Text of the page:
SAO PAULO (Reuters) - A group of Brazilian ethanol companies signed a deal to export certified sustainable ethanol to Sweden, in the world’s first agreement of such a kind, they said on Wednesday.
Brazilian groups Cosan, Guarani, NovAmerica and Alcoeste agreed sell to Sweden’s Sekab 115 million liters of anhydrous ethanol that will adhere to certain social and environmental standards.
“This initiative addresses European consumers’ concerns related to the sustainability of ethanol,” Martinho Seiiti Ono, director at trading company SCA that will manage the exports, said.
“It is the first practical application of verified sustainable ethanol and is a major step toward realizing an international standard,” Ono told reporters.
Mills will receive 5 to 10 percent more for the certified product than for a similar ethanol without traceability, he said, declining to give other details.
The deal will be valid for at least nine months and the first cargo was shipped earlier in June.
Among the standards is zero tolerance for child or slave labor. Mills must use at least 30 percent mechanized harvesting today and increase this to 100 percent by 2014. An independent international company will audit all the groups production units twice a year.
Sustainable ethanol will result in a reduction of carbon dioxide emissions from farming, production and transport to Sweden by at least 85 per cent compared with petrol, Anders Fredikson, vice-president at Sekab, said.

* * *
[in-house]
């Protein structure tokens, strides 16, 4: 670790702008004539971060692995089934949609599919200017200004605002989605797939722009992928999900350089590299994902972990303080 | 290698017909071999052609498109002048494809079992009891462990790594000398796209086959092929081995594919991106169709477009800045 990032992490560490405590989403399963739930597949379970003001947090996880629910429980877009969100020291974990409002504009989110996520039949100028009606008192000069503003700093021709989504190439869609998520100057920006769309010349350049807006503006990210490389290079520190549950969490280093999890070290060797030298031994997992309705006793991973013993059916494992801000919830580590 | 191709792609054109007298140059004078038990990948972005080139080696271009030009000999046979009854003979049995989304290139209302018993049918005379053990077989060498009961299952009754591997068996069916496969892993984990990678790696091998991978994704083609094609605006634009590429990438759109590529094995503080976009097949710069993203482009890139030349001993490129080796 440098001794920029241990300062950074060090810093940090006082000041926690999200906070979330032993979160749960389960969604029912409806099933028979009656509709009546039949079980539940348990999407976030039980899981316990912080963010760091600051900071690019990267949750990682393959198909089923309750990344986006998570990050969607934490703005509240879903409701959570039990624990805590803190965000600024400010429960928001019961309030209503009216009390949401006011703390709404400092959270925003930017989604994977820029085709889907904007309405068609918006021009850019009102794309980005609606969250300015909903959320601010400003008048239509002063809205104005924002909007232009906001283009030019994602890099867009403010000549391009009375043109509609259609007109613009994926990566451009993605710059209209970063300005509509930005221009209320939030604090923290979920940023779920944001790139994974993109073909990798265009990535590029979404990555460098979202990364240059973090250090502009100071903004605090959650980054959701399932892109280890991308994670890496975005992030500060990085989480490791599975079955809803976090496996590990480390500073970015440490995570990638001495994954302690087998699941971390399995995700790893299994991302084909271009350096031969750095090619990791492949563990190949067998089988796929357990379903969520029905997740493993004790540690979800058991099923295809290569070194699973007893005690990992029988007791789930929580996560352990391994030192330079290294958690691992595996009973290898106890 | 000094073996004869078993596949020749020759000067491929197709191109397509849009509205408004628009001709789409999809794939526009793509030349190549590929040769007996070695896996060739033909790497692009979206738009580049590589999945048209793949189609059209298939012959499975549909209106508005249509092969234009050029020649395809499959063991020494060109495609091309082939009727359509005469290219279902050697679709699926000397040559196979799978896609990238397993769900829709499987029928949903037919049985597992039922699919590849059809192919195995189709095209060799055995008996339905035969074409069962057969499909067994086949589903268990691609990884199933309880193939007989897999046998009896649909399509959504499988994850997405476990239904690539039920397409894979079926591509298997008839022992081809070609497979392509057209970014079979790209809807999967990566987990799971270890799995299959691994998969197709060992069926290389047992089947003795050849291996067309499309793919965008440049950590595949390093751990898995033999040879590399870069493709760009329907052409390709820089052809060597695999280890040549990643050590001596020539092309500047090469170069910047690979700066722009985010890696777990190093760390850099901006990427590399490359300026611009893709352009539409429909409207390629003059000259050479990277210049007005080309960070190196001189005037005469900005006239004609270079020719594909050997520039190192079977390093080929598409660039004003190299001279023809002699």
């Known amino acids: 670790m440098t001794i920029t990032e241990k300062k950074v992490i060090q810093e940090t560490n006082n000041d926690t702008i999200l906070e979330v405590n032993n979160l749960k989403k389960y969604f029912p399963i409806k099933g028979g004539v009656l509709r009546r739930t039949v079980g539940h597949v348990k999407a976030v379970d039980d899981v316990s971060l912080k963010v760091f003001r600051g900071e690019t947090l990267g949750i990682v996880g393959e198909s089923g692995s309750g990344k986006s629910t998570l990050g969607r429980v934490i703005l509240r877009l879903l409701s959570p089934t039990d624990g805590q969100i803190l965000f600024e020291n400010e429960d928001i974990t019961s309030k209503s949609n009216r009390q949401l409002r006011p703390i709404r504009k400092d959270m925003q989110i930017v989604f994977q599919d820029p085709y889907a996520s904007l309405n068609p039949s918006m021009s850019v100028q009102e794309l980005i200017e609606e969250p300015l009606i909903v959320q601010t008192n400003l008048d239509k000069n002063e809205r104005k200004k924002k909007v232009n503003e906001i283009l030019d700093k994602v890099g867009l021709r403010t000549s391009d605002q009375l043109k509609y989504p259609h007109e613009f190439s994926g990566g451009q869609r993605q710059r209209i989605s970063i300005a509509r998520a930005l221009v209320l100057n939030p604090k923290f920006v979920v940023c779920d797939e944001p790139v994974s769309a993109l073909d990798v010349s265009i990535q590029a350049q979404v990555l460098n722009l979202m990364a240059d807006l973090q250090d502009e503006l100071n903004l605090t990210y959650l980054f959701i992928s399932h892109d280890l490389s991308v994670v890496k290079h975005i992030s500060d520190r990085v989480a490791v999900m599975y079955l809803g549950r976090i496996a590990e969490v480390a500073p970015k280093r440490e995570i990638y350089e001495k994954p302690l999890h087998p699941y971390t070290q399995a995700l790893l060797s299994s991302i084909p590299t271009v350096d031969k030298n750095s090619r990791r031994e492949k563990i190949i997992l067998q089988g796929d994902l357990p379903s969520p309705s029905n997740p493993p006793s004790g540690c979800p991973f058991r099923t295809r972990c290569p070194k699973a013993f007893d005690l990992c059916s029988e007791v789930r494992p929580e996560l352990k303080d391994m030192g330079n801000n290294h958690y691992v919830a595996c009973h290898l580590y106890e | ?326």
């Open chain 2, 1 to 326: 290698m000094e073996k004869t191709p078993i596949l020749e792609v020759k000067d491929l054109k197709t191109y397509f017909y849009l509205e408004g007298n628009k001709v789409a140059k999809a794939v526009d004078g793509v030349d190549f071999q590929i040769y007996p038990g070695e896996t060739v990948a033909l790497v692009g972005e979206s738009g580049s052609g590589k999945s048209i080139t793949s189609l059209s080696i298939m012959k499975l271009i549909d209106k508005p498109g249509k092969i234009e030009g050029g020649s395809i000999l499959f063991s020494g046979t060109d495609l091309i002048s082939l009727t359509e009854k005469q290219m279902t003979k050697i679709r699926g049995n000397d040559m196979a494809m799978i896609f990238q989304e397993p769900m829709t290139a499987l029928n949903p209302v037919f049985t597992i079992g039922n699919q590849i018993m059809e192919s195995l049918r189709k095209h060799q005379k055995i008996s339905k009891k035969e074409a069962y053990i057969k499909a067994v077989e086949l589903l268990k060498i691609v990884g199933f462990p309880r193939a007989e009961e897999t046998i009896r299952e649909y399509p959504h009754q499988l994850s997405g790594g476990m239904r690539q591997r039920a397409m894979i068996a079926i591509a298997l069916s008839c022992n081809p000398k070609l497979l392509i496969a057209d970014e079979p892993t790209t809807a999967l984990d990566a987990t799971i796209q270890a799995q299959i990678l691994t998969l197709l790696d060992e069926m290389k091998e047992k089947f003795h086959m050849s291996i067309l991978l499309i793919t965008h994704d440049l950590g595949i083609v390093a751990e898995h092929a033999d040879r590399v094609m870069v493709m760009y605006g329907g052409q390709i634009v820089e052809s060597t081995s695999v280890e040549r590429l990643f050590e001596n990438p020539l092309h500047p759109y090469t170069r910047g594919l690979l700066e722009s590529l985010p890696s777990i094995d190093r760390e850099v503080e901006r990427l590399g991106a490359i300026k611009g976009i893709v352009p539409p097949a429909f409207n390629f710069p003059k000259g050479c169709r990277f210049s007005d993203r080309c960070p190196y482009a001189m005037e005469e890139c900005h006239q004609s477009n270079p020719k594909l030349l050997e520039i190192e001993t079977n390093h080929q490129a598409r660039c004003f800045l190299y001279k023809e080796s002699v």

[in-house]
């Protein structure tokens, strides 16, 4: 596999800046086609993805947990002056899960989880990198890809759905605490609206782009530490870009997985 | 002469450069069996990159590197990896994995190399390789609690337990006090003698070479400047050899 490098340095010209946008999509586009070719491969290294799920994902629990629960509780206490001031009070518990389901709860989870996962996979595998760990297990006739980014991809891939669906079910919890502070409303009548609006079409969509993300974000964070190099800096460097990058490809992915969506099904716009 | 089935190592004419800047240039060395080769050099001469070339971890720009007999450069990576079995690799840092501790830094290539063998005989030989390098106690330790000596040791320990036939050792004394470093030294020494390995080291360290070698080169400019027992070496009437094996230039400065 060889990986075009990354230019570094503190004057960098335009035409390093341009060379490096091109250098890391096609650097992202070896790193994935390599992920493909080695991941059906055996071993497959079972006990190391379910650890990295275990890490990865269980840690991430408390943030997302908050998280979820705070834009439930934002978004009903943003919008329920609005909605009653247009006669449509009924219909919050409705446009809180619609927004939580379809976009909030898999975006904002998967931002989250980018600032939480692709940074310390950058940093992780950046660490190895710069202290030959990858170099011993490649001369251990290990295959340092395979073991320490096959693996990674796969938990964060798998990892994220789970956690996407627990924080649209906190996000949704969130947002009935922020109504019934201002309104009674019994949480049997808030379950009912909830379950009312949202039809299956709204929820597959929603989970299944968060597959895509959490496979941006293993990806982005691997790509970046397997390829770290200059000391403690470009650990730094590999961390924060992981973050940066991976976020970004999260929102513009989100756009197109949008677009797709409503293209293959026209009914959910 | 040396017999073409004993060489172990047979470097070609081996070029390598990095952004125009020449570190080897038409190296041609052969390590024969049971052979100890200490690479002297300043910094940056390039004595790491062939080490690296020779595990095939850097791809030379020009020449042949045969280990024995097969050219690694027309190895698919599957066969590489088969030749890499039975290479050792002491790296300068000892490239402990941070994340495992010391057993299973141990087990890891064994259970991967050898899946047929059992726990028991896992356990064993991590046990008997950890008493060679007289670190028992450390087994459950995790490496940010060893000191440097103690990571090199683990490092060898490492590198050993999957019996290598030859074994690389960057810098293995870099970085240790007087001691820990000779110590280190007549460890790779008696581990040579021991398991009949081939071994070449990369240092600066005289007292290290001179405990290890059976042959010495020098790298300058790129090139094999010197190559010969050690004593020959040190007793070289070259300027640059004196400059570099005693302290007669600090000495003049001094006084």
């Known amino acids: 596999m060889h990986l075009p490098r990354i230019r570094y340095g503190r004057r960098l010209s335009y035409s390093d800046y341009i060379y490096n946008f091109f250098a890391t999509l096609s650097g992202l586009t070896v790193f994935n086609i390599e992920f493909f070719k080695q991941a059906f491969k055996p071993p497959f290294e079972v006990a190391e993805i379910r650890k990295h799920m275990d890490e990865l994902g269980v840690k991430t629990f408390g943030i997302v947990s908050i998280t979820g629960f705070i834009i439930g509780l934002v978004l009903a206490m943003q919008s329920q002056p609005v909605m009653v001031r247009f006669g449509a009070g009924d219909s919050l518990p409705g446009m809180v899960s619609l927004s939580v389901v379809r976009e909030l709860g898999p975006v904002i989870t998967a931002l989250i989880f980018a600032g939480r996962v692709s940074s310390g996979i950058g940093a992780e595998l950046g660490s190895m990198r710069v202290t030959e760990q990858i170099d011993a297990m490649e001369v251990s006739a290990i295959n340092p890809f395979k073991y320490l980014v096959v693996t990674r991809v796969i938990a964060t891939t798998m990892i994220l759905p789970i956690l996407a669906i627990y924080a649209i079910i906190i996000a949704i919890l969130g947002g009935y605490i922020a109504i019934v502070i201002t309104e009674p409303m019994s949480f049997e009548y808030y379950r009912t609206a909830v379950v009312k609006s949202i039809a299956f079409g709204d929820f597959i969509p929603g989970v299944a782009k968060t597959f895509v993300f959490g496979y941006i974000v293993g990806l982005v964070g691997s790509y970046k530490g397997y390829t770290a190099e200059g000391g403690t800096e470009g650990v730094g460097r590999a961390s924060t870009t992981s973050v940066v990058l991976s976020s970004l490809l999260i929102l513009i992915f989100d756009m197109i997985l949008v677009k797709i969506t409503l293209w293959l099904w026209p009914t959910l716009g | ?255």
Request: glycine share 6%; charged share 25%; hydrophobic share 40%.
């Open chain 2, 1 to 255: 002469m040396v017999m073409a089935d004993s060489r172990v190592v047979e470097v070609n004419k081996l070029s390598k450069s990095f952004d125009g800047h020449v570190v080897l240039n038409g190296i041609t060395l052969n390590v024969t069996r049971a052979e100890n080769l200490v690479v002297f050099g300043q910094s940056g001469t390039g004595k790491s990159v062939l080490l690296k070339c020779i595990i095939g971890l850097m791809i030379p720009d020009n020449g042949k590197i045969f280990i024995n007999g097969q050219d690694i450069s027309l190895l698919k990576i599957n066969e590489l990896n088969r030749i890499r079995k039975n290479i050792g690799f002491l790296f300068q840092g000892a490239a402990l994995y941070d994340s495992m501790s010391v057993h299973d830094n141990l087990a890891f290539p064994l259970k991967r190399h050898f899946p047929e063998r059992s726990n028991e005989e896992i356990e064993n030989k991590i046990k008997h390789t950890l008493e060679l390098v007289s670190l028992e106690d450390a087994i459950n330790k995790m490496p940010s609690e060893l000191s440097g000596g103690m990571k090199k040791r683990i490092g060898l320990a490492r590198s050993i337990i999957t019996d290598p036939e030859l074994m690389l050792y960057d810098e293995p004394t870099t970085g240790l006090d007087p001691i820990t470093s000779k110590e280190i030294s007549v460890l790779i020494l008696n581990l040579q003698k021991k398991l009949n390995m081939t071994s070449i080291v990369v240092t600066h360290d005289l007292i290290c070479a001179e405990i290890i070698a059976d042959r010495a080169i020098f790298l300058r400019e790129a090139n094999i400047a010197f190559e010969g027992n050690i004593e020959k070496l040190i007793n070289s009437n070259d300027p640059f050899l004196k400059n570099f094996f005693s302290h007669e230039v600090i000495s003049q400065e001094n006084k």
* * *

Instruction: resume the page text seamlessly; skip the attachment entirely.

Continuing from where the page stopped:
“There have been many articles about forced labor in Brazil and also ecological issues, deforestation of the rain forest, local pollution... We are in the business and know many are exaggerated, some are false,” Fredikson said.
“But the public in general (in Sweden) doesn’t know what to believe and it buys the biofuel for ethical reasons... so it’s important to assure its sustainability.”
He said flex-fuel cars, which are normally filled with E85 in Sweden, account for 25 percent of all new cars sold. Ethanol consumption in the country will surpass that of gasoline in eight years if this trend continues.
The European Union imposes an import tariff of 0.19 euro per liter over ethanol and a tariff of 0.03 cent per liter over imported E85.
Sweden consumes about 800 million liters of ethanol per year and at least half of that is supplied by Brazil.
E85 is currently sold at filling stations in Sweden for around $1.40 per liter.
At least 10 groups around the world are currently discussing sustainability standards for ethanol and a certification criteria that could be adopted worldwide but no decision has been taken yet about this.
Brazil’s industry expects to meet part of the world’s demand for alternative fuels in the coming years and is preparing to address growing concerns about environment and social concerns related to ethanol production.
About 90 percent of the mills in Sao Paulo state, Brazil’s largest in cane production, have signed a deal with the state government to end cane burning by 2014. A similar national agreement has been discussed with the federal government.
Reporting by Inae Riveras; editing by Reese Ewing; Editing by Marguerita Choy